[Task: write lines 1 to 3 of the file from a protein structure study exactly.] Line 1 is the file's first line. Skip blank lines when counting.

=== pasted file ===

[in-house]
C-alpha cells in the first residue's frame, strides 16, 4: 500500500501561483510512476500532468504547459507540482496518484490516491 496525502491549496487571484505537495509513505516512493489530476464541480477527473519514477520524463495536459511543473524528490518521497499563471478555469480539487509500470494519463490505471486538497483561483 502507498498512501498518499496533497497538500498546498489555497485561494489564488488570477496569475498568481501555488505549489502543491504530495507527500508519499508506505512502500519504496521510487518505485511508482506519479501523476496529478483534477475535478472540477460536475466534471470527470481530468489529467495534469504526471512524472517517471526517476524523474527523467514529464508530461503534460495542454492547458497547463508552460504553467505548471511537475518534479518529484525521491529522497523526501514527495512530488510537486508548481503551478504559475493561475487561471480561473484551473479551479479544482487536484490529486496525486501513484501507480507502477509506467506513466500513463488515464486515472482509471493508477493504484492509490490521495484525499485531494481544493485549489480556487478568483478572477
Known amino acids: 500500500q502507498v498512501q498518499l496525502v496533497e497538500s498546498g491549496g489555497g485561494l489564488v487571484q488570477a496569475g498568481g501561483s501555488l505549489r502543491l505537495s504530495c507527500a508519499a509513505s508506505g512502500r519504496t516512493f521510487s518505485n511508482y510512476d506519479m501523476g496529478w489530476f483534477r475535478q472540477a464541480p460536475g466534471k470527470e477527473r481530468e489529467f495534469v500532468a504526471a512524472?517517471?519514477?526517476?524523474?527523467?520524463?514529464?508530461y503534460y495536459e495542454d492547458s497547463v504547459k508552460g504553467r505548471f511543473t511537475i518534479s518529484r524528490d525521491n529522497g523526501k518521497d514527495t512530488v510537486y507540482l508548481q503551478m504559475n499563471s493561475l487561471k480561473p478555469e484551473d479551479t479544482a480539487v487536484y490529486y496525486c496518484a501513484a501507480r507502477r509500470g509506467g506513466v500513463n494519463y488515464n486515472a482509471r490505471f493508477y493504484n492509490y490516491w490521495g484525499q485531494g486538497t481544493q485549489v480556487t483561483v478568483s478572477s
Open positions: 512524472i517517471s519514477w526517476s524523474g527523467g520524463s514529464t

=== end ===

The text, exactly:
[in-house]
C-alpha cells in the first residue's frame, strides 16, 4: 500500500501561483510512476500532468504547459507540482496518484490516491 496525502491549496487571484505537495509513505516512493489530476464541480477527473519514477520524463495536459511543473524528490518521497499563471478555469480539487509500470494519463490505471486538497483561483 502507498498512501498518499496533497497538500498546498489555497485561494489564488488570477496569475498568481501555488505549489502543491504530495507527500508519499508506505512502500519504496521510487518505485511508482506519479501523476496529478483534477475535478472540477460536475466534471470527470481530468489529467495534469504526471512524472517517471526517476524523474527523467514529464508530461503534460495542454492547458497547463508552460504553467505548471511537475518534479518529484525521491529522497523526501514527495512530488510537486508548481503551478504559475493561475487561471480561473484551473479551479479544482487536484490529486496525486501513484501507480507502477509506467506513466500513463488515464486515472482509471493508477493504484492509490490521495484525499485531494481544493485549489480556487478568483478572477
Known amino acids: 500500500q502507498v498512501q498518499l496525502v496533497e497538500s498546498g491549496g489555497g485561494l489564488v487571484q488570477a496569475g498568481g501561483s501555488l505549489r502543491l505537495s504530495c507527500a508519499a509513505s508506505g512502500r519504496t516512493f521510487s518505485n511508482y510512476d506519479m501523476g496529478w489530476f483534477r475535478q472540477a464541480p460536475g466534471k470527470e477527473r481530468e489529467f495534469v500532468a504526471a512524472?517517471?519514477?526517476?524523474?527523467?520524463?514529464?508530461y503534460y495536459e495542454d492547458s497547463v504547459k508552460g504553467r505548471f511543473t511537475i518534479s518529484r524528490d525521491n529522497g523526501k518521497d514527495t512530488v510537486y507540482l508548481q503551478m504559475n499563471s493561475l487561471k480561473p478555469e484551473d479551479t479544482a480539487v487536484y490529486y496525486c496518484a501513484a501507480r507502477r509500470g509506467g506513466v500513463n494519463y488515464n486515472a482509471r490505471f493508477y493504484n492509490y490516491w490521495g484525499q485531494g486538497t481544493q485549489v480556487t483561483v478568483s478572477s